News › Taxand’s Take Article

New decree on qualification of foreign entities

28 Mar 2010

On 21 December 2009, the Dutch Ministry of Finance published a new decree on the qualification of foreign entities. This decree is important for planning structures which use hybrid entities. A similar decree was published in 2004, the new decree contains more details and the method for determining the qualification of the foreign entity has been slightly revised. The changes are not major but should be taken into account for existing and future structures. An elaborate (indicative) list has been published with the qualification of over 120 foreign entities. Taxand Netherlands analyse the qualification of foreign entities and how this can be used for planning purposes.

Under Dutch tax laws a foreign entity can be considered as a tax transparent or non tax transparent entity (opaque). This distinction is relevant for the tax treatment of the Dutch resident taxpayer participating in such foreign entity. Including the foreign entity itself, if it has Dutch source of income as well as its non-Dutch resident partners/investors, receiving Dutch source income. Regarding the classification of tax transparent or opaque the 2009 decree makes a distinction between corporations and partnerships. Corporations are (always) classified as opaque while partnerships are in principle treated as tax transparent, unless their shares are freely transferable. Please note that the foreign qualification of the entity is not taken into account in the Dutch analysis.

The qualification is determined based on four questions:

A. whether the entity is the (legal) owner of the assets

B. whether the members of the entity carry only liability for debts of the entity up to the amount of the capital contributed by them

C. whether the capital of the entity is divided into shares under civil law or has similar features

D. whether the shares of the entity are freely transferable.

An entity is classified as a corporation (tax opaque) in two situations:

1. where at least three of the four relevant questions are answered in the affirmative; or

2. where (i) the liability of the members for debts is limited to the capital contributed by them, (ii) the entity owns the trade or business that is carried on and (iii) the trade or business is not carried for the risk and account of another person.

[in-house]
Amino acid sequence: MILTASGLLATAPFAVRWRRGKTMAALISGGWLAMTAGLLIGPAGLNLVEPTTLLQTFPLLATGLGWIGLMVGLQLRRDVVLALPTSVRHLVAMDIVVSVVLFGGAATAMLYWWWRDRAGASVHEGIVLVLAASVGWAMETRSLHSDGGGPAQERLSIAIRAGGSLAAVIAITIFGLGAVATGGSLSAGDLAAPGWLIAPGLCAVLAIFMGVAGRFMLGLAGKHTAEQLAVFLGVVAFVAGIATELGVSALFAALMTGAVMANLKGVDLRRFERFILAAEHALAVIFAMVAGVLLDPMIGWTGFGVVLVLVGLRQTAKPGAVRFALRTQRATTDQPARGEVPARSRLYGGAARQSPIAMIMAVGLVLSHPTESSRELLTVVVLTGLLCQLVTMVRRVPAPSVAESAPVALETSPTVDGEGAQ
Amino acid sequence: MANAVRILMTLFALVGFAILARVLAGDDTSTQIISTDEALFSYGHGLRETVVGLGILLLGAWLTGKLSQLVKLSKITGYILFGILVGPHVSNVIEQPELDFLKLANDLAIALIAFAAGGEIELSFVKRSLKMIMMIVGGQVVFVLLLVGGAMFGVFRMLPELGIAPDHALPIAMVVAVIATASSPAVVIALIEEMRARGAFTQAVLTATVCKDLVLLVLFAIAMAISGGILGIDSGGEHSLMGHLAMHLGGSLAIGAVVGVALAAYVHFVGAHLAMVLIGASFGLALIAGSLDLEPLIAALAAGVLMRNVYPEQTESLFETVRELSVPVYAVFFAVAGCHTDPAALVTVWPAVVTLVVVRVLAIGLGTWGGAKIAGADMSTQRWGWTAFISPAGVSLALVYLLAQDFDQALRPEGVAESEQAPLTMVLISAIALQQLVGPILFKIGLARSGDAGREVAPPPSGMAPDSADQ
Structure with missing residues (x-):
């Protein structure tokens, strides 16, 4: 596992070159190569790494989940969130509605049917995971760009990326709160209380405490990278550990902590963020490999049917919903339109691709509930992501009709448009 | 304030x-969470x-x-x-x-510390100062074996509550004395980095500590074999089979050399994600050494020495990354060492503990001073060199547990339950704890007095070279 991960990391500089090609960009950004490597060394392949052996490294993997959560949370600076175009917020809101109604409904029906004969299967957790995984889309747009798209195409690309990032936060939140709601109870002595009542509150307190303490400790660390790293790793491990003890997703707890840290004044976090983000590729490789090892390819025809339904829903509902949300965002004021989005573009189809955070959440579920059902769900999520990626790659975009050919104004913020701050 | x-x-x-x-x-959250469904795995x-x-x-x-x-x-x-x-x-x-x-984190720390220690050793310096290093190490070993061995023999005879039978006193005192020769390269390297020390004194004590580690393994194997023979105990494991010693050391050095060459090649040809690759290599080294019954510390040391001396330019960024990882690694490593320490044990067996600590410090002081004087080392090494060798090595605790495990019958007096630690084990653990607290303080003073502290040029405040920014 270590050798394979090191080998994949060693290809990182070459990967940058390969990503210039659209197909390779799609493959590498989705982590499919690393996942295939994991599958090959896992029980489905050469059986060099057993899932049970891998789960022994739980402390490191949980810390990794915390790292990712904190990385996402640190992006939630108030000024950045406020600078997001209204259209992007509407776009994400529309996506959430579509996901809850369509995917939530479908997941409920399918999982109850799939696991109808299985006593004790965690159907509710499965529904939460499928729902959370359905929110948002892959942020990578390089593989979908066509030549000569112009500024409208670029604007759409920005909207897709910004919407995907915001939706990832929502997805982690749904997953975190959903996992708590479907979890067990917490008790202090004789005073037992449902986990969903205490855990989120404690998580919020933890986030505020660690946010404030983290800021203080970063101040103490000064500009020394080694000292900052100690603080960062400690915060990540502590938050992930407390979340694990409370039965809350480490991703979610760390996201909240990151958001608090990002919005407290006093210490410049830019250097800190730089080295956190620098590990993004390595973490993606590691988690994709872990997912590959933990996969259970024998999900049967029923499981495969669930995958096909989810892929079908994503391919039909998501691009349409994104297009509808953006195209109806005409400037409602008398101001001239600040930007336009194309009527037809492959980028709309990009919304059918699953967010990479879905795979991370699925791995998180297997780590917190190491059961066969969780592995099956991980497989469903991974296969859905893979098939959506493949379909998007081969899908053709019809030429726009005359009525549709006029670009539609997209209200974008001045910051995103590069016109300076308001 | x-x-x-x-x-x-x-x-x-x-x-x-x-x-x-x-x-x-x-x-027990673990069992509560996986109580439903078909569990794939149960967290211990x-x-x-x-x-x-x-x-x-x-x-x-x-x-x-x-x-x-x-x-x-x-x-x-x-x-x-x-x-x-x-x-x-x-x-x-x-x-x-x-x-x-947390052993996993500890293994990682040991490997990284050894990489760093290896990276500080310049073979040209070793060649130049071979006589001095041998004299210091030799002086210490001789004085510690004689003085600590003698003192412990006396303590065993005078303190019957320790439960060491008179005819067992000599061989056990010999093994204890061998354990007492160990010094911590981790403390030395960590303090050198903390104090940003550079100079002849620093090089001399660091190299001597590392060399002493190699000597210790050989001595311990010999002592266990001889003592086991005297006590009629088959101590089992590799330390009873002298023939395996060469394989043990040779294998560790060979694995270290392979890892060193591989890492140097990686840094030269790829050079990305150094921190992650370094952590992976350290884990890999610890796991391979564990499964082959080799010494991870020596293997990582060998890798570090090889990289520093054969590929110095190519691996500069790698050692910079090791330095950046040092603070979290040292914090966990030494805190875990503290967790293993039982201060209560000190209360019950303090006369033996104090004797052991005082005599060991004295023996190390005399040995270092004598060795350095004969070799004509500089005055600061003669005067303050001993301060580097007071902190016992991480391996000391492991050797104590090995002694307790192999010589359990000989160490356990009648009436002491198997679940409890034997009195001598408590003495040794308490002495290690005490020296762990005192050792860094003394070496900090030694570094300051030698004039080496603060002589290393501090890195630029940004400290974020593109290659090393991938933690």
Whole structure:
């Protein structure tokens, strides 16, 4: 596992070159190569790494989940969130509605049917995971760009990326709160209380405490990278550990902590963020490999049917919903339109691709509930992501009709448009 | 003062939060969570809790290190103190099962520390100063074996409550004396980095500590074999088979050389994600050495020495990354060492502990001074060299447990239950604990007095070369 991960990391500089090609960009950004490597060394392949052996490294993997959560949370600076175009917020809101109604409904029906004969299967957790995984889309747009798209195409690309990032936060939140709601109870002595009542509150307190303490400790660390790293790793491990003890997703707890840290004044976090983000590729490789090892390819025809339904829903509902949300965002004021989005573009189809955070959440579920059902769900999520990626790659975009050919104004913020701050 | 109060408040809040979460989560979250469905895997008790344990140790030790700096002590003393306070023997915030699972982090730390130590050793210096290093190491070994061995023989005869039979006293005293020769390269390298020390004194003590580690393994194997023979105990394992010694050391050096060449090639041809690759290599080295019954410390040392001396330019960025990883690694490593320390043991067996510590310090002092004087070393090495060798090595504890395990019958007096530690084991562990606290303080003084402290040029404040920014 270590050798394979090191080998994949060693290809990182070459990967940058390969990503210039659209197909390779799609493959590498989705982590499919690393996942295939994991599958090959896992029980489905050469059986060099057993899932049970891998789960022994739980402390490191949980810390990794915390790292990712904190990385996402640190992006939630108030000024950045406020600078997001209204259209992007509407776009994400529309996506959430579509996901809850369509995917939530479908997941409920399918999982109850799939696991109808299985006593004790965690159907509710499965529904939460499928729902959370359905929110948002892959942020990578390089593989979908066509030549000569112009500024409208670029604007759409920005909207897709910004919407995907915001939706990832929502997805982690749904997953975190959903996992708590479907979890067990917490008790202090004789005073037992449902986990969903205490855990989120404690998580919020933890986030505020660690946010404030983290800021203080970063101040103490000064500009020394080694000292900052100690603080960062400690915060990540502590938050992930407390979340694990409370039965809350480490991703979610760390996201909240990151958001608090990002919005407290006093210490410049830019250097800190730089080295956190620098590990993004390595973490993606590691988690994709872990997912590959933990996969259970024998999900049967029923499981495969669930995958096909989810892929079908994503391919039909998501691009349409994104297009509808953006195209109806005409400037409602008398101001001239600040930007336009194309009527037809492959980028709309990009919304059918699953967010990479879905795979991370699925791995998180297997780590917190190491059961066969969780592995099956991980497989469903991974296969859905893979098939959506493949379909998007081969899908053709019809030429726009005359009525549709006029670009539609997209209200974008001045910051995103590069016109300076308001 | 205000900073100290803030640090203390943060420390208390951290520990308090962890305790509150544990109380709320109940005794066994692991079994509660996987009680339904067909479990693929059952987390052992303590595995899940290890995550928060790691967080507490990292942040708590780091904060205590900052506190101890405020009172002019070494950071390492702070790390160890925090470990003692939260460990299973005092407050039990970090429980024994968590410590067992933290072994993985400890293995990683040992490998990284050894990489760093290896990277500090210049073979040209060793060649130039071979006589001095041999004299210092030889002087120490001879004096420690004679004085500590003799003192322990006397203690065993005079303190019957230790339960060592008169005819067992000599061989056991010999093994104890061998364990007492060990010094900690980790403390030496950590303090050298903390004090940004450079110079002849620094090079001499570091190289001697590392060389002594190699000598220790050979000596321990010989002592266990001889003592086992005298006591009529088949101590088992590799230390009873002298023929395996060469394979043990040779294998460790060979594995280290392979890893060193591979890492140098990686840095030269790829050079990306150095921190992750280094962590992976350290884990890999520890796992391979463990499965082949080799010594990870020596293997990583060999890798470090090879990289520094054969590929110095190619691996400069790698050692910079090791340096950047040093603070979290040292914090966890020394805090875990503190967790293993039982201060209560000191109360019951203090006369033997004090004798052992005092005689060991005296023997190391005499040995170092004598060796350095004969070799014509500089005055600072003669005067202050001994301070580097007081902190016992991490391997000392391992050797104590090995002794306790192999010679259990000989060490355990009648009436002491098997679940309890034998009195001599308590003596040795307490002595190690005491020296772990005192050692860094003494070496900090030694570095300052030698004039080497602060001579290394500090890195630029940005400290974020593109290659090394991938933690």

If an entity is not classified as a corporation, it is classified as a partnership. A partnership is in principle treated as tax transparent, but can be classified as opaque in two situations:

1. where the partnership has features similar to that of a Dutch limited partnership and its shares are freely transferable; or

2. where the partnership is not comparable with a Dutch limited partnership but has a capital divided into shares and those shares are freely transferable.

These qualification rules do not apply to foreign entities that are comparable to an association, foundation, mutual fund, trust, special fund or cooperative entity. Separate guidance is available for these entities.

The new decree does no longer contain a default list of the qualification of foreign entities. A list with over 120 foreign entities has however been published on the Dutch tax authorities website. This list has an indicative nature only and will be updated on a regular basis. The qualification of specific foreign entities has in general not changed in the new list. An exception is that a US LLP will now in general be qualified as a transparent entity instead of opaque under the previous decree. Please note that a draft list was distributed by a Dutch law firm which differs from the final list. A taxpayer can request a binding ruling from the Dutch tax authorities on the qualification of a foreign entity.

The new qualification rules apply as of 11 December 2009. A grand fathering period of two years applies where the taxpayer can decide to apply the previous rules to a foreign entity if the qualification under the new rules results in a different outcome.

Taxand's Take

The new decree provides more detail on the method of determining the qualification of foreign entities but this unfortunately results in a more complex analysis. Taxand has prepared a flowchart (decision model) which provides more insight to the analysis. The flowchart and an English version of the list of the qualification of foreign entities are available upon request.

Current and new structures should be reviewed in order to determine whether the new rules will have impact. Planning structures which use mismatches between the qualification by the Dutch tax authorities and the foreign tax authorities are frequently used and remain an interesting planning tool.

Your Taxand contact for further queries is:
Marc Sanders
T. +31 20 757 09 05

Taxand's Take Author